Government Spending That Is Not Cost-Effective Makes The People Poorer

In your family, you have a limited budget.  If you spend some of your money wastefully, that means that you will not have enough left for your higher priorities.  It is obvious to you that wasteful spending makes you poorer.  So you are careful to spend every dollar effectively. 

And then you have the progressive vision of government as the source of perfect fairness and justice through government spending.  The money comes from the tooth fairy.  Spending on favored progressive causes is a moral issue -- how could you be so cruel and callous as even to consider cost-effectiveness of spending when we are dealing with values as fundamental as fairness and justice?  Try to find any example of a progressive considering the issue of whether wasting public money makes the people poorer.  And thus we get, for example, the folly of "affordable housing."

"Affordable housing" has been in the news this week in several suburban and rural jurisdictions around New York.  Read anything you can find on the subject, and you will find one hundred percent acceptance by all participants in the discussion that the building of "affordable housing" through some kinds of government support or subsidies is a good thing and indeed some kind of moral necessity.  Has anybody (other than yours truly) ever asked whether this government spending is cost-effective?  If it has ever happened, I can't find it.

Now, recognize that in the suburban jurisdictions the cost-ineffectiveness of the "affordable housing" is not nearly at the extreme level that we see in Manhattan.  Only in Manhattan do we hand out to poor people apartments that, if in the private market, would have values in the range of $3 million to $5 million each -- meaning that we provide these "poor" families with annual subsidies in the range of $150,000 to $250,000 per family.  And yet, because these families continue to have little to no cash income, we continue to count them as "poor."  It seems almost inconceivable that the taxpayers could spend $250,000 per year to subsidize some families, only to have them remain poor.  That's what you get when you spend taxpayer money out of guilt without considering cost-effectiveness.  But just because the suburban "affordable housing" programs are not as financially disastrous as their Manhattan counterpart does not mean that they could remotely make sense if cost ever got considered for a moment.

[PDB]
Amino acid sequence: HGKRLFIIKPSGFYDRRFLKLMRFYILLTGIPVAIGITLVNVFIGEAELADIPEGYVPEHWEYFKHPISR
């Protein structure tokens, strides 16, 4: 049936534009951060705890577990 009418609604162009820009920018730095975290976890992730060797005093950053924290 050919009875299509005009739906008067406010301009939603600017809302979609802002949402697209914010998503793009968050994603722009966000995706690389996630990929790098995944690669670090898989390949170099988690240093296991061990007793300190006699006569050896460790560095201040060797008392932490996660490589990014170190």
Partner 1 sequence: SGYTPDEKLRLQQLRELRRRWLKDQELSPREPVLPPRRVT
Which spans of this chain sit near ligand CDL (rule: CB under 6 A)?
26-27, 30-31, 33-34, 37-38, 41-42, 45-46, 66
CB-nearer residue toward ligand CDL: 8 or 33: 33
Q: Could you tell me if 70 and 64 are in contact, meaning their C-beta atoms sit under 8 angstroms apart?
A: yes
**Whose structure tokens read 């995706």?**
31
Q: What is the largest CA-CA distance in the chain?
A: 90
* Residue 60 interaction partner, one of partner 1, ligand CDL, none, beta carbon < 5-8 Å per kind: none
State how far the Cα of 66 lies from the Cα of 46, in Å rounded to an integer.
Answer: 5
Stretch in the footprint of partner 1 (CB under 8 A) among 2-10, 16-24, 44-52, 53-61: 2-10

Anyway, out in New Jersey, affordable housing is in the news this week.  New Jersey has long imposed state mandates on its municipalities to generate affordable housing within their borders, supposedly enforced by a state agency called the Council on Affordable Housing.  But according to the Wall Street Journal on June 27, in 2015 the state Supreme Court found that the Council had failed to enforce the appropriate requirements, and stripped it of its powers.  That sent the matter to the state's appellate division court, which is expected to rule shortly on the extent of the responsibility of municipalities for failure to generate affordable housing during the period 1999 to 2015, when the Council was said to be falling down on its job.  The pending appellate division decision has set off a debate between those who consider "affordable housing" a moral necessity versus those who want to "preserve the character of our towns."  Of course, neither side even mentions the critical issue, which is cost-effectiveness.

As an example, for the side of "moral necessity," we have Richard Smith and Christian Esteves writing at for the Newark Star Ledger on June 6:

We are confronting a moral reckoning in New Jersey.  The Garden State remains one of the most segregated states in the country — where too often the color of one's skin determines a person's future.  This system of de facto segregation is undergirded by a long history of exclusionary zoning practices by suburban municipalities seeking to keep low-income residents confined to struggling inner cities, where they are unable to take steps toward achieving the American dream in the form of safe neighborhoods, good schools and access to jobs.

OK, Richard and Christian, if as you say the answer to lifting the poor out of poverty is to provide them with government-subsidized "affordable housing" in previously segregated communities where they can then "take steps toward achieving the American dream in the form of safe neighborhoods, good schools and access to good jobs," then can you kindly look right across the river to your neighbor Manhattan and explain to us why tens of thousands of people on that little island, supplied with multi-million dollar subsidized "affordable" apartments in the richest county in the country, still remain mired in poverty for decade after decade?